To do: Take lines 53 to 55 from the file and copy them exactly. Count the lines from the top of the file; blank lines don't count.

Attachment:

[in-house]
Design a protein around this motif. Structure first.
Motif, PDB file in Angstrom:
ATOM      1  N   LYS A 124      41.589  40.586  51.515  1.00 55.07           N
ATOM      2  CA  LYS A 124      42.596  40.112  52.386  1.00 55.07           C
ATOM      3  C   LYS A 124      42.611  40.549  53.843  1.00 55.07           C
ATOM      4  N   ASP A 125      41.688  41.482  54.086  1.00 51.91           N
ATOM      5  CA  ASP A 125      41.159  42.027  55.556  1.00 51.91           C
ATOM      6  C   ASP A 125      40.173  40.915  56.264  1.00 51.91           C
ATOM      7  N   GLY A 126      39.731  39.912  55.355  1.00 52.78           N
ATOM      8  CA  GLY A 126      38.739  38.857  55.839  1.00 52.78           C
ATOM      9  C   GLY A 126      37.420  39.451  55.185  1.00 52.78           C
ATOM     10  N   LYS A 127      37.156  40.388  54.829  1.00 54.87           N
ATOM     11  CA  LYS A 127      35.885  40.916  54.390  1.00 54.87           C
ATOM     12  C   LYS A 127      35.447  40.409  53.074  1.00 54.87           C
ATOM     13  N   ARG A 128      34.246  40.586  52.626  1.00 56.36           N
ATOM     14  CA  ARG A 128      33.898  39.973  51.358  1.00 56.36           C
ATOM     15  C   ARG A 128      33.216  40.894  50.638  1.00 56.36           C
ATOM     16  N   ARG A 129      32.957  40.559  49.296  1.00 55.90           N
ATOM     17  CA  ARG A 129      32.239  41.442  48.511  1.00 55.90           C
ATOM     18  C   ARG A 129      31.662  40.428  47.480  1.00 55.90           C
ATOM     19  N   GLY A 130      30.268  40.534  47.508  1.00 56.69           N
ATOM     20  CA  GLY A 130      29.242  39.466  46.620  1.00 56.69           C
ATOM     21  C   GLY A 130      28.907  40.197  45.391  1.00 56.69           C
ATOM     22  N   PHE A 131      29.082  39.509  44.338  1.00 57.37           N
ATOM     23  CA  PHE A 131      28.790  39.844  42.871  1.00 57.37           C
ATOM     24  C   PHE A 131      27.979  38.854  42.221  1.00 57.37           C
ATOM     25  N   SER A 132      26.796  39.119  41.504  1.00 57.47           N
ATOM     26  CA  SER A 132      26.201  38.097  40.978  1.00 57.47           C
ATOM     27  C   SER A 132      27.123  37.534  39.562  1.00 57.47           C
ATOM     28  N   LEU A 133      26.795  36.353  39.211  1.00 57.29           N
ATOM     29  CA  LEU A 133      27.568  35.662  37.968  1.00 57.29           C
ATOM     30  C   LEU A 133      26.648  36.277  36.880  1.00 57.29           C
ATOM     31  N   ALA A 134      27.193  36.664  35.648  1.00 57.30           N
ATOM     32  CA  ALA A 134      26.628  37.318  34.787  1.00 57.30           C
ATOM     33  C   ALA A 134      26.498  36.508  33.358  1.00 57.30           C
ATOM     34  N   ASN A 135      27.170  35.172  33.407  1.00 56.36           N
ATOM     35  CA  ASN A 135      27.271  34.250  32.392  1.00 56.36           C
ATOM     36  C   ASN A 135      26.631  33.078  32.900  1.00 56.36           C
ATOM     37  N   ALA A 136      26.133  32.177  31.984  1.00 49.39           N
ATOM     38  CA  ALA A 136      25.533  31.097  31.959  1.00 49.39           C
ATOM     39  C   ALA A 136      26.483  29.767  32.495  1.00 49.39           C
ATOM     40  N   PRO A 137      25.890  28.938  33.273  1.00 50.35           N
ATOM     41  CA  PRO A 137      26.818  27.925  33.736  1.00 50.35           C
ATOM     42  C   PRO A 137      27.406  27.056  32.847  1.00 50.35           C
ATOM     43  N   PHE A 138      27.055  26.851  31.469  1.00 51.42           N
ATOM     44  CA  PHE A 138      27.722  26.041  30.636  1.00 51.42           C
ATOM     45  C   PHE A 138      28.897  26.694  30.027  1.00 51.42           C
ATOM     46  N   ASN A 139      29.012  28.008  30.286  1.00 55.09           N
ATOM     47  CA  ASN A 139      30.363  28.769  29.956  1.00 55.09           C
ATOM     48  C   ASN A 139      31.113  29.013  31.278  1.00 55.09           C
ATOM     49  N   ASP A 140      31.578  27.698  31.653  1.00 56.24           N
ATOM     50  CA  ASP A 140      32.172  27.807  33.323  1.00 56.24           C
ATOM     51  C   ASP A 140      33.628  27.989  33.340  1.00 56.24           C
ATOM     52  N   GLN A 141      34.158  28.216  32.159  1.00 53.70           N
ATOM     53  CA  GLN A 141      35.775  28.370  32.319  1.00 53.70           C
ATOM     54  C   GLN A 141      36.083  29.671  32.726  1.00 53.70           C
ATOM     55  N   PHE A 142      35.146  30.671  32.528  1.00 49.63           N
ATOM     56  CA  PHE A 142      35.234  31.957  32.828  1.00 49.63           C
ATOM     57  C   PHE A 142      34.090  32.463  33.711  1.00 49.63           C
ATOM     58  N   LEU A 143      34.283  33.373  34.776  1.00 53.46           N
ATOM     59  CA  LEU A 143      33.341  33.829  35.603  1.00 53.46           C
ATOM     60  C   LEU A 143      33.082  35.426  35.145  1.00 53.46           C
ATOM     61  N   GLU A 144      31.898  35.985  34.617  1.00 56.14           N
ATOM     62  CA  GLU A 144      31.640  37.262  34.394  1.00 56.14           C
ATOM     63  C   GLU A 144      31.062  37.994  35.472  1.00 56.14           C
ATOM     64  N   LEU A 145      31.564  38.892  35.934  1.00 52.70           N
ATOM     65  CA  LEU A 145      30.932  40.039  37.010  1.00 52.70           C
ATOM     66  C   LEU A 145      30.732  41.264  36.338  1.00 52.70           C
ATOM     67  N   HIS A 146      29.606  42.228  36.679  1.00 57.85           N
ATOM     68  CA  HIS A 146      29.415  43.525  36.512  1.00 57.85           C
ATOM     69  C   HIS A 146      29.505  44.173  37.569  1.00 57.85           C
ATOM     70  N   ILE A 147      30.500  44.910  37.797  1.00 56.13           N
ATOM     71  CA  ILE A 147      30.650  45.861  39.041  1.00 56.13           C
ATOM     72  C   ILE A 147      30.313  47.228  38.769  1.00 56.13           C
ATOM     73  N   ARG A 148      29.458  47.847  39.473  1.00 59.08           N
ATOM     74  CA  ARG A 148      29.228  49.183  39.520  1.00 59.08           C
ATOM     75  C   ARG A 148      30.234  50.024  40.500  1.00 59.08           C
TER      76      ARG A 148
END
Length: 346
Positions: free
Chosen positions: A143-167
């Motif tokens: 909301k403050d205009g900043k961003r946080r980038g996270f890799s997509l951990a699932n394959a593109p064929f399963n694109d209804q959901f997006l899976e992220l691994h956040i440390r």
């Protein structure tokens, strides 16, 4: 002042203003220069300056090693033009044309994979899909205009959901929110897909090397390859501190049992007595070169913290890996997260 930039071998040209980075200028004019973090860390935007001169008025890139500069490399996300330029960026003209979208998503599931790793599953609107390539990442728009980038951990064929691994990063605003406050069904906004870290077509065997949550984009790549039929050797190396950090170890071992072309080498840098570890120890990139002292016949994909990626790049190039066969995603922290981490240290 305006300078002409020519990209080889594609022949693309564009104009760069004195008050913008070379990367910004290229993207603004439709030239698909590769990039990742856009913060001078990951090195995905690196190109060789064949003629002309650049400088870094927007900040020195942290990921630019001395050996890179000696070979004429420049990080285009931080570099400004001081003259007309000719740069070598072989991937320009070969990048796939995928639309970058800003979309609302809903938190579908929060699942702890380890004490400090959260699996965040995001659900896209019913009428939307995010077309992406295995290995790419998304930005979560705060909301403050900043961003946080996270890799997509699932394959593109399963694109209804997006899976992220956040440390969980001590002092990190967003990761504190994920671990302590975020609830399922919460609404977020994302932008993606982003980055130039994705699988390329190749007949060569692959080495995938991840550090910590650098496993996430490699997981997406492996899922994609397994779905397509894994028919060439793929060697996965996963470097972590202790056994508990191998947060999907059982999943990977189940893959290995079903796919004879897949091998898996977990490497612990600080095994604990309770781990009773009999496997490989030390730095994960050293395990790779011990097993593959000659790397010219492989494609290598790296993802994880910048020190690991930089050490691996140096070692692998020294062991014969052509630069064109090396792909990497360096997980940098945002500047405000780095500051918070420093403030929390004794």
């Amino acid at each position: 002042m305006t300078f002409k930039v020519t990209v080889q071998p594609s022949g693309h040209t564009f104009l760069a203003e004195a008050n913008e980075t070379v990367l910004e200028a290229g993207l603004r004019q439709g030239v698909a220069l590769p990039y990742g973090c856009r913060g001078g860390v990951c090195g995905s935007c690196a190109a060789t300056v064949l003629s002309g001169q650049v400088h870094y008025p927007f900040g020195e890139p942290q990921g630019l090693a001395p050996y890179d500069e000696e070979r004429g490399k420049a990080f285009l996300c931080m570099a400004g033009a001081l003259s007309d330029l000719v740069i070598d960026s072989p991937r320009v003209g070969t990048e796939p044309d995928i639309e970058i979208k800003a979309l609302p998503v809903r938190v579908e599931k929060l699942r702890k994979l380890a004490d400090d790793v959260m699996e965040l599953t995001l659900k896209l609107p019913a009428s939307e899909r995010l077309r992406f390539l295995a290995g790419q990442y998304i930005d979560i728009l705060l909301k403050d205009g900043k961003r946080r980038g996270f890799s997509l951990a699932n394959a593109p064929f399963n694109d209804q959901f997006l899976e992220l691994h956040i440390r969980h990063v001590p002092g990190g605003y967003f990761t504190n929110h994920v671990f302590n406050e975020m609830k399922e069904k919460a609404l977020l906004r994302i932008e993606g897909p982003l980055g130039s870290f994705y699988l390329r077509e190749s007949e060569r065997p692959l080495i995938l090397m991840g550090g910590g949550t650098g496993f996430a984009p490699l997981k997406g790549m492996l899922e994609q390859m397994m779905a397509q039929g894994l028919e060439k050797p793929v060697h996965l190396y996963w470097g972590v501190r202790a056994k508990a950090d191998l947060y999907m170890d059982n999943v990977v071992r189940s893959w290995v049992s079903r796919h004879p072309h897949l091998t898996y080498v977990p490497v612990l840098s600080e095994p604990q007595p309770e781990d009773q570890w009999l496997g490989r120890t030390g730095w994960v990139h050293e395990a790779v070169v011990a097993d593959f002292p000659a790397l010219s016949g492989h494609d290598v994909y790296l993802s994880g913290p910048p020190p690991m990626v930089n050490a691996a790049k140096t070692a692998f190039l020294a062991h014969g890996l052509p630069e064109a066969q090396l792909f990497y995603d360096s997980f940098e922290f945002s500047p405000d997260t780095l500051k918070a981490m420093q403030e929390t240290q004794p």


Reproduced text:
ATOM     50  CA  ASP A 140      32.172  27.807  33.323  1.00 56.24           C
ATOM     51  C   ASP A 140      33.628  27.989  33.340  1.00 56.24           C
ATOM     52  N   GLN A 141      34.158  28.216  32.159  1.00 53.70           N